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RELATIONSHIP BETWEEN THE DIFFICULTY OF A PUZZLE AND THE NUMBER OF CANDIDATES

PRELIMINARY REMARKS AND GENERAL CONTEXT

1) Number of clues vs number of candidates

I've shown long ago that there is no meaningful correlation between the number of clues of a minimal puzzle and its difficulty. (For more precise results, see the references.)

However, I've found recently that there is some larger (though still not very meaningful) correlation between the number of candidates and the difficulty of a puzzle. Let this remain vague for now, it's the purpose of this thread to make it clearer.

Notice that it is much more natural to study the impact of the number of candidates rather than of the number of clues, because candidates are the only things that play any role during resolution. By applying Singles during resolution, newly asserted values allow to immediately eliminate more candidates via direct contradictions, but once this is done they don't play any role any longer. Indeed, one could consider the Singles rule and the associated eliminations by direct contradictions as a single elimination rule with multiple targets.

2) Vagueness of the word "difficulty"

The title of this thread has some (more or less deliberate) vagueness: there's no unique measure of difficulty of a puzzle and there can't be any unique measure of difficulty. "Difficulty" depends on our goals (e.g. fast vs pattern-based solving, or in the latter case hardest step vs full path).

My personal analyses rely on difficulty interpreted as difficulty of the hardest step and measured by the SER or by the B/BpB ratings (B or BpB depending on whether the puzzle is in T1E(1) or T&E(2)).

But this thread is open to similar studies wrt to alternative ratings (e.g. q1, q2, ...), provided that they are well defined.

Vague impressions or rantings about the SER based on a few handfuls of special puzzles are not the topic of this thread.

3) "Number of candidates" has some vagueness also,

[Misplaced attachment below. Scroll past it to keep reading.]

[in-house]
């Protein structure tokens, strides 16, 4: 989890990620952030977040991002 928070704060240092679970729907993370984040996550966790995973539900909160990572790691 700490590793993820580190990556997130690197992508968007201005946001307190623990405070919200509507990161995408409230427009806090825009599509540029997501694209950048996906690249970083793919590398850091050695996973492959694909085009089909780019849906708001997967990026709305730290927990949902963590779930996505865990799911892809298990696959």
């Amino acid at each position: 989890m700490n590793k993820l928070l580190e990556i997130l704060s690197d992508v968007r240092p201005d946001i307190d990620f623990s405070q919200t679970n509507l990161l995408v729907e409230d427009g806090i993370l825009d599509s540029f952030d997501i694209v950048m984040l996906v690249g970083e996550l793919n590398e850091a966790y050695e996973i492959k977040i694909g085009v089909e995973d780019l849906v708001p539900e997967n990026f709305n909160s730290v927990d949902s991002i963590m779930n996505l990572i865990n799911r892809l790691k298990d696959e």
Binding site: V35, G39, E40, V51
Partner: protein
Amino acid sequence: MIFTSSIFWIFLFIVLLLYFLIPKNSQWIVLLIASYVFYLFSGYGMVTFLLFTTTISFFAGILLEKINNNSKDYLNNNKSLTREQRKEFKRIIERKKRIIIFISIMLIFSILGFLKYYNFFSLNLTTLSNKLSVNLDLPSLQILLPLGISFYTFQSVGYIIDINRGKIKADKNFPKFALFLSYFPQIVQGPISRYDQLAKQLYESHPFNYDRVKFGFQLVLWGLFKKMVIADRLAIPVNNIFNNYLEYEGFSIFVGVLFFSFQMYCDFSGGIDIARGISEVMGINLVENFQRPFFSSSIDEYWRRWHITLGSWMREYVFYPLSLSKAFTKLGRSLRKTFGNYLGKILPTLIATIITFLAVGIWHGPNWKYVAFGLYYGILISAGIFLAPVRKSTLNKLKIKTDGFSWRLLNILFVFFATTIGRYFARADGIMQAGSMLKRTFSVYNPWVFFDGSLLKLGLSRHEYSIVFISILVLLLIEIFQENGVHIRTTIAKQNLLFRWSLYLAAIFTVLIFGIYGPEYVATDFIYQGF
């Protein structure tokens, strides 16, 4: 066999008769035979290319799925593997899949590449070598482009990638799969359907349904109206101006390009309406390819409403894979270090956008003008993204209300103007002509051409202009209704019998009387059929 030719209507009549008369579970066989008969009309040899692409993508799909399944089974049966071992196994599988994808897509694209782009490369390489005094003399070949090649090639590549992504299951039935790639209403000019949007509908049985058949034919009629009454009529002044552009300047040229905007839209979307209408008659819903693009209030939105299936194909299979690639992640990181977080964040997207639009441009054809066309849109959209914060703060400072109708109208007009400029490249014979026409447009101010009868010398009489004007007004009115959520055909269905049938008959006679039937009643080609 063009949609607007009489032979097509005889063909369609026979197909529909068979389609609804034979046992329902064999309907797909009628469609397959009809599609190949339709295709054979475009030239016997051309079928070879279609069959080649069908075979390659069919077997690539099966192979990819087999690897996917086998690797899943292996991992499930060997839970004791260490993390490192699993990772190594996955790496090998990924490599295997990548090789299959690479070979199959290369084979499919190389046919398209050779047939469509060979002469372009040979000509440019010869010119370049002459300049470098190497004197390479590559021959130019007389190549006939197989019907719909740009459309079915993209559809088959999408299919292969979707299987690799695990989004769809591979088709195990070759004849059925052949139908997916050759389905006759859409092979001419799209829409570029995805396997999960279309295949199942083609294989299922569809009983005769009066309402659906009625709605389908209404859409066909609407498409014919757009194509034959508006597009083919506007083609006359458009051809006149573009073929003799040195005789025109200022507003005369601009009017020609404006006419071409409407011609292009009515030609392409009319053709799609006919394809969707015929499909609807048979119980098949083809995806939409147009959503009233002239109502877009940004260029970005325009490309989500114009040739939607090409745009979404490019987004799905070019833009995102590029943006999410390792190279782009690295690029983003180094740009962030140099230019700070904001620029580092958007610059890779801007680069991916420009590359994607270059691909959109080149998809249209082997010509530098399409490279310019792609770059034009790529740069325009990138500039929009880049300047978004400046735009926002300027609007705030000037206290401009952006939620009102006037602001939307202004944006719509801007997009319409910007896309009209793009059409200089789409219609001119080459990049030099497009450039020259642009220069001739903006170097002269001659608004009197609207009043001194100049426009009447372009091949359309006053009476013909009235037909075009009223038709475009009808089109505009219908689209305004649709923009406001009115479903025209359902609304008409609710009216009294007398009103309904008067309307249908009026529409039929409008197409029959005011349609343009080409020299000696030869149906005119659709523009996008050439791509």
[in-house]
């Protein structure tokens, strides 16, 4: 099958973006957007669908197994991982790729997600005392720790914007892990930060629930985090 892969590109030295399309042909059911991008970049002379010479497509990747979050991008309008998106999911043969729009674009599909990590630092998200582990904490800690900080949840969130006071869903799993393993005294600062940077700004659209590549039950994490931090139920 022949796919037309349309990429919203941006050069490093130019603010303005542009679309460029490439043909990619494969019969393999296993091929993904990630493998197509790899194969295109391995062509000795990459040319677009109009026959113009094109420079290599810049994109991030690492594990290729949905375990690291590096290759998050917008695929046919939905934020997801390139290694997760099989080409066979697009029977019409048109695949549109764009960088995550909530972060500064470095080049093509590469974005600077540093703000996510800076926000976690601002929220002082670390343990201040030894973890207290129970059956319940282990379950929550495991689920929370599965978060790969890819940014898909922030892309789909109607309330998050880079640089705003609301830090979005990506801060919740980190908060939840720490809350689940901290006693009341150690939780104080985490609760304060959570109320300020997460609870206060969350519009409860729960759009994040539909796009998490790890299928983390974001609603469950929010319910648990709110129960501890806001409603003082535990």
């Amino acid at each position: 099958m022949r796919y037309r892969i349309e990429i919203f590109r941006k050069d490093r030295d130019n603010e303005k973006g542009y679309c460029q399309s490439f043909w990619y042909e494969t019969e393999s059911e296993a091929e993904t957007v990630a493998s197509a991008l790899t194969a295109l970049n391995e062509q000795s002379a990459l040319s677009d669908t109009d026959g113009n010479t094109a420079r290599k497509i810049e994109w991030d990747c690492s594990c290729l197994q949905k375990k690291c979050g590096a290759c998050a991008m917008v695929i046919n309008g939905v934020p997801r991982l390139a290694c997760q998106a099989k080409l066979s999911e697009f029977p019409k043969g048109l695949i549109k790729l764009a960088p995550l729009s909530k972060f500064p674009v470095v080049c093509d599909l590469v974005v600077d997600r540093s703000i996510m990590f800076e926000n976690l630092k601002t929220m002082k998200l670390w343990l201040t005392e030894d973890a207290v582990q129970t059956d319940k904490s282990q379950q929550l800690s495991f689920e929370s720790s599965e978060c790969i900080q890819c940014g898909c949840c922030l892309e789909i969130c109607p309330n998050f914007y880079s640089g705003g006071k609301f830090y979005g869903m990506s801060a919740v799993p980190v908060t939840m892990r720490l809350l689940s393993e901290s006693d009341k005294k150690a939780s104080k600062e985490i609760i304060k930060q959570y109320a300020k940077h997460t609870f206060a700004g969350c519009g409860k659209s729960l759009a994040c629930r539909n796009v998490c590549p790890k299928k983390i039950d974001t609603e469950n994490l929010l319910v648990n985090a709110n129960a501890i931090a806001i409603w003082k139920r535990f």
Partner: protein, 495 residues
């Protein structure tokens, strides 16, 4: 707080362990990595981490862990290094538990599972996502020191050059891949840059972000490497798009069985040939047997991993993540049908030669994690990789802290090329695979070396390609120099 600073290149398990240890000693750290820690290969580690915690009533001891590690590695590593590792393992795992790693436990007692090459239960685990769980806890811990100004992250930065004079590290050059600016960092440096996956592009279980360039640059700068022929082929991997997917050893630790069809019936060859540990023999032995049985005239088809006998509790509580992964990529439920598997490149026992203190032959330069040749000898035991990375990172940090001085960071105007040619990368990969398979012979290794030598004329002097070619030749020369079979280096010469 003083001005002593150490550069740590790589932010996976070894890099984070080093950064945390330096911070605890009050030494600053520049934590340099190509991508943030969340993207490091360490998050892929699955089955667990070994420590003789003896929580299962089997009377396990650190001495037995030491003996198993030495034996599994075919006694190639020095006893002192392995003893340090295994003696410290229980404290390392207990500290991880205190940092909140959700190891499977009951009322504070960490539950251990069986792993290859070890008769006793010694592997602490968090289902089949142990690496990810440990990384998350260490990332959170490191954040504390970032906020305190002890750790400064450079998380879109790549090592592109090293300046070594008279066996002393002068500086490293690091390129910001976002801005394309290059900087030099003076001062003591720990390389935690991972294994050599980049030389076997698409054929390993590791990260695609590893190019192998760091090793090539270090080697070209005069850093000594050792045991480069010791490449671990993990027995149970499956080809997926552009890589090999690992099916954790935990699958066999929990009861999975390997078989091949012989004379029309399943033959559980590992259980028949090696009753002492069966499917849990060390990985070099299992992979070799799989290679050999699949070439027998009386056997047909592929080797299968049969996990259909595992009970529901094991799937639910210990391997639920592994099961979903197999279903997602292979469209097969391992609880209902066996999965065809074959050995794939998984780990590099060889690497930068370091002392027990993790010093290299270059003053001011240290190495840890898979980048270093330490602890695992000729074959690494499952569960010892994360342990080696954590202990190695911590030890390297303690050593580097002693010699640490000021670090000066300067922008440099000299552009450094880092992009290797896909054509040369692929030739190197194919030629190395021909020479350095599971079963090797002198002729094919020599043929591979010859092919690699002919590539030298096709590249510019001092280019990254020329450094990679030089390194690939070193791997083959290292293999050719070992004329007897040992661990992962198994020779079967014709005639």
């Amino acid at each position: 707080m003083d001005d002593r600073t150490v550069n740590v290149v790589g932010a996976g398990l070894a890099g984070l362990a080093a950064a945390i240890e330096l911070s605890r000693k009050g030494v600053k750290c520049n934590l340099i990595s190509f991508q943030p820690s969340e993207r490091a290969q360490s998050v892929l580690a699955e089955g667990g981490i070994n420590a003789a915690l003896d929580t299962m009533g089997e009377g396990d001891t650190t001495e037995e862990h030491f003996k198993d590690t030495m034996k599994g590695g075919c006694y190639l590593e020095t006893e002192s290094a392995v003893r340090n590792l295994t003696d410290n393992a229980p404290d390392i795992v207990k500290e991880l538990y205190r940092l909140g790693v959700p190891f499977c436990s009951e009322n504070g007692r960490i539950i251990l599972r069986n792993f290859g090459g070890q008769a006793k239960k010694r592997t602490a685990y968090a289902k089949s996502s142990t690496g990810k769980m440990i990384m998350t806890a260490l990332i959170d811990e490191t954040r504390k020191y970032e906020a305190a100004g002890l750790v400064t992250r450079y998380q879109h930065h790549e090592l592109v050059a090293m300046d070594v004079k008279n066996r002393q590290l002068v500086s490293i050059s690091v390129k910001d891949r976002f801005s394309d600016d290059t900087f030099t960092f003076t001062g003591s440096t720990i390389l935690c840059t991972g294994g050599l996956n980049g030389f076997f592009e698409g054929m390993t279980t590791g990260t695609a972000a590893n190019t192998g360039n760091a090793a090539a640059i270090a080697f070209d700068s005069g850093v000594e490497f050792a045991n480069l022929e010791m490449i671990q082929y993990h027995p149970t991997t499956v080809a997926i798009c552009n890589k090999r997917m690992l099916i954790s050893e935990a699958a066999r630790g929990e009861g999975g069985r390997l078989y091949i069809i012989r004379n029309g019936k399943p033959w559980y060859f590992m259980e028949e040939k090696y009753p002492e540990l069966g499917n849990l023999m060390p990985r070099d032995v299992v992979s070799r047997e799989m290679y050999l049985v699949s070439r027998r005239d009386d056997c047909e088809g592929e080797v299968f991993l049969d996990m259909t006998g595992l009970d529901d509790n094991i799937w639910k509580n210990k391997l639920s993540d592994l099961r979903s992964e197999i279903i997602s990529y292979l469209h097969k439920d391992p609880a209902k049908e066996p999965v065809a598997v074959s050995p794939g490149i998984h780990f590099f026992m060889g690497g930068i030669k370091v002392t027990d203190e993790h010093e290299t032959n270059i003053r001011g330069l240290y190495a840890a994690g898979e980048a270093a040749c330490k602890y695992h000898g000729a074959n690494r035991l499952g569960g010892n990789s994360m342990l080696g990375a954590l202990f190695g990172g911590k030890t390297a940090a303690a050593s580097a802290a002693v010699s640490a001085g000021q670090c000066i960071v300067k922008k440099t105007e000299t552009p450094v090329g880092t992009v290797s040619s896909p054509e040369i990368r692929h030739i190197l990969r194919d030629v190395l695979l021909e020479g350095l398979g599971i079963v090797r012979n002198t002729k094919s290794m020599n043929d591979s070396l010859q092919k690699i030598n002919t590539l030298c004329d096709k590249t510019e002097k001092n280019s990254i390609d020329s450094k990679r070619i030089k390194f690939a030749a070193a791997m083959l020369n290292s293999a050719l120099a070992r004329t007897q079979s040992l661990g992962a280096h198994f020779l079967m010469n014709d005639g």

but that's easier to deal with. A priori, one could consider the number of candidates:

- either at the very start (i.e. keeping only those that are not in a direct contradiction with a given),

- or after applying all the available Singles,

- or after applying all the Singles and whips[1].

My analyses rely mainly on the 3rd option. Here is why.

4) Singles and g-Singles

Unless one concentrates on totally trivial puzzles, initial Singles should play no role in estimating the difficulty of a puzzle; as a result, candidates they allow to eliminate should play no role either.

Whips[1] could be considered as g-Singles and totally forgotten, by introducing more CSP-Variables than the rc, rn, cn and bn ones, namely CSP-Variables related to mini-rows and mini-columns. In all my developments, I could have chosen this option. I haven't because not choosing it:

- allows a simpler approach;

- allows making a clear distinction between whips and g-whips;

- generally speaking, allow cleaner developments;

- in some logic games (e.g.Kakuro), g-candidates can be very complex and it's much better not to have them at the start.

However, one should keep in mind that what whips[1] fundamentally do is direct eliminations associated to g-Singles and that it seems reasonable to focus on the number of candidates after they have been applied together with ordinary Singles.

5) No correlation between the number of clues and the number of candidates

With all the previous points stated, the first result is:

There is no meaningful correlation between the number of clues and the number of candidates after W1.

More precisely, for the controlled-bias cbg000 collection, the correlation coefficient is 0.15.

At first sight, this result may be surprising, but it may seem trivial if you consider that the number of clues can in no way predict how many Singles or whips[1] there will be at the start.

This result also justifies this thread, because it shows that knowing the effects of the number of clues doesn't provide much knowledge about the effects of the number of candidates.

6) References (all are available as pdf's on Researchgate and in my CSP-Rules software on GitHub):

[Berthier 2009]: BERTHIER D., Unbiased Statistics of a CSP - A Controlled-Bias Generator, International Joint Conferences on Computer, Information, Systems Sciences and Engineering (CISSE 09), December 4-12, 2009, Springer. Re-published as a chapter of "Innovations in Computing Sciences and Software Engineering", Khaled Elleithy Editor, pp. 11-17, Springer, 2010.

[Berthier 2011]: BERTHIER D., Constraint Resolution Theories, Lulu.com Publishers, November 2011.

[Berthier 2012]: BERTHIER D., Pattern-Based Constraint Satisfaction and Logic Puzzles (First Edition), Lulu.com Publishers, November 2012.

[Berthier 2015]: BERTHIER D., Pattern-Based Constraint Satisfaction and Logic Puzzles (Second Edition), Lulu.com Publishers, July 2015.

[Berthier 2015]: BERTHIER D., Pattern-Based Constraint Satisfaction and Logic Puzzles (Third Edition), Lulu.com Publishers, November 2021.